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Often used for:
Sarcoma, Hepatoblastoma, Recurrent solid tumors
Docetaxel is a type of chemotherapy. It works by slowing or stopping the growth of cells.
Docetaxel is usually given as a 1-hour infusion once every 3 weeks. Patients will be monitored to watch for infusion-related side effects.
Docetaxel can cause tissue damage if it leaks from the vein. Patients may have irritation and skin damage at the IV site. Let a caregiver know if there is burning during administration.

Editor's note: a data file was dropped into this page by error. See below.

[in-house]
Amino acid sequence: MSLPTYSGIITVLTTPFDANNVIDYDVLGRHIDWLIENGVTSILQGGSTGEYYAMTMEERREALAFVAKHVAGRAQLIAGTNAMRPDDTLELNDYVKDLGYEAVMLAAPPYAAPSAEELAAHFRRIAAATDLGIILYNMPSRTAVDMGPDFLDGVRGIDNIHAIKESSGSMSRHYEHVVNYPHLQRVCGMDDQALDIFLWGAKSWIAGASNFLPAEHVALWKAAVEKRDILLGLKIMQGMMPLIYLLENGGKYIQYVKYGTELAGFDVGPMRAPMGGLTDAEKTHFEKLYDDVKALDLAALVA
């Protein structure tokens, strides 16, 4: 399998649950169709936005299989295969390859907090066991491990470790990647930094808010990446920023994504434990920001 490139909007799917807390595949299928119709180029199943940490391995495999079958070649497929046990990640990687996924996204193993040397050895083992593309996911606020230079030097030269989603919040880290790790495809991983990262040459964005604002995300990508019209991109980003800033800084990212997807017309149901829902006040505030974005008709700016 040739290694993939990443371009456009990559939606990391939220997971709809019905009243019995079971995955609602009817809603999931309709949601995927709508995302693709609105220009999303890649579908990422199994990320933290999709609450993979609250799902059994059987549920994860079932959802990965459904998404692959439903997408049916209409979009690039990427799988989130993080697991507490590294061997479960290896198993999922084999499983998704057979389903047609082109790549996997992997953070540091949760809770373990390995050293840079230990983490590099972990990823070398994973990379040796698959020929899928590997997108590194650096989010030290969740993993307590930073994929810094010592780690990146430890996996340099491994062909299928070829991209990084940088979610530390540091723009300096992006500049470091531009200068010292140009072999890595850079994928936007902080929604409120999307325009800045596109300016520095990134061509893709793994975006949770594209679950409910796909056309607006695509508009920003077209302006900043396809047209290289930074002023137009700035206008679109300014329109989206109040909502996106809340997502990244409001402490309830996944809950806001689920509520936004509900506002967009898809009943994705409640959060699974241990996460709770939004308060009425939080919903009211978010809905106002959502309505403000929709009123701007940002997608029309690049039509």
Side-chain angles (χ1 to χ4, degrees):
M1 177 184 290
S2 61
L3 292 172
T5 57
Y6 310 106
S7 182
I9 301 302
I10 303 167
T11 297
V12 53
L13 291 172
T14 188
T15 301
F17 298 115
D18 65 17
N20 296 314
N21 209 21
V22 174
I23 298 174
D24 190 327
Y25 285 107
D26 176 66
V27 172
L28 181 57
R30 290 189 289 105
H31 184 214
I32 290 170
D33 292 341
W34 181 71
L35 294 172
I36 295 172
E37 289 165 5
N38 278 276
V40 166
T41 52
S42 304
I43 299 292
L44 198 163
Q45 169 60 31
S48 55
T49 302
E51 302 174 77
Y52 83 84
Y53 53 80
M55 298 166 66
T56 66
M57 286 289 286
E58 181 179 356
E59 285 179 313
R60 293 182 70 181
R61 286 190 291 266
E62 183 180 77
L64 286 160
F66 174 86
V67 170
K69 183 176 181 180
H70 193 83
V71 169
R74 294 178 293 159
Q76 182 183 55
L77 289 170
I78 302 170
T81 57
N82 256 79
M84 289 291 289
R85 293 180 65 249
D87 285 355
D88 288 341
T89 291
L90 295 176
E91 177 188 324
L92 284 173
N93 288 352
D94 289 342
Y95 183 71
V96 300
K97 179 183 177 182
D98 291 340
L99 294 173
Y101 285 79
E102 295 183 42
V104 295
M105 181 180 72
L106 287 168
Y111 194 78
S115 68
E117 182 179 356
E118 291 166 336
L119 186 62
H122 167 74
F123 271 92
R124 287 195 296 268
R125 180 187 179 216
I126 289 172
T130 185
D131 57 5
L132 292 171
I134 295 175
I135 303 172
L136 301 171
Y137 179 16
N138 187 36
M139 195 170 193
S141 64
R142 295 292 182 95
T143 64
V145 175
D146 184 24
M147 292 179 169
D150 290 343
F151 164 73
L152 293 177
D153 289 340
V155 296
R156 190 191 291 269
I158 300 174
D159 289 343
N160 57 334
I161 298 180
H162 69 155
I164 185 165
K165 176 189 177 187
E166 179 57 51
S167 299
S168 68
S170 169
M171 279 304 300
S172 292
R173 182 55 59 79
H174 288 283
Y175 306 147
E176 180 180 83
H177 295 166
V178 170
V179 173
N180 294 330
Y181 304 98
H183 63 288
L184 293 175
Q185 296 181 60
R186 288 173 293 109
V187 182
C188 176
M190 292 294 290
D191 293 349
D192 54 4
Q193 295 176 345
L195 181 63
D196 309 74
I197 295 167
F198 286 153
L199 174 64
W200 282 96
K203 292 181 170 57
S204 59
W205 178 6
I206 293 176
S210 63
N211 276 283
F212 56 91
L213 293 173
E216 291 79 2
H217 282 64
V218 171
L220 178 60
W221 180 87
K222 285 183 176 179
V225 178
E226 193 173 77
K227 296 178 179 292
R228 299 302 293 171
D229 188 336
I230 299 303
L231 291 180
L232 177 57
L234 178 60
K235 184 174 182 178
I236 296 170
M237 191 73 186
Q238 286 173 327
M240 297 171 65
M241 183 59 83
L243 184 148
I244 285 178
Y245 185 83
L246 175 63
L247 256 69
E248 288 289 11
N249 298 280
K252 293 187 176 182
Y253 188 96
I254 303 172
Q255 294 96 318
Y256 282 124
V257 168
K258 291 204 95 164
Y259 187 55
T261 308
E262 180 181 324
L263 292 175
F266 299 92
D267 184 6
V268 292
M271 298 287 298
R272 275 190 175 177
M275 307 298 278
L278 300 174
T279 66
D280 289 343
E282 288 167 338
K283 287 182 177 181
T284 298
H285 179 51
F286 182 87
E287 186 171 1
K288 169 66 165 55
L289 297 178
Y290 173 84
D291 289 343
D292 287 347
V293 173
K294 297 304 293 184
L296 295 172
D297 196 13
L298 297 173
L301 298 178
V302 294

Patients will have regular blood draws to check blood counts and monitor liver and kidney function.
Given as a liquid into a vein by IV
Symptoms of an allergic reaction may include: hives, rash, itching, difficulty breathing and/or swallowing, low blood pressure
Not all patients who take docetaxel will experience these side effects. Common side effects are in bold, but there may be others. Please report all suspected side effects to your doctor or pharmacist.
Some patients may experience long-term or late effects of treatment that may continue or develop months or years after treatment ends. Possible late effects due to docetaxel include:
Be sure to discuss these and other recommendations with your doctor or pharmacist.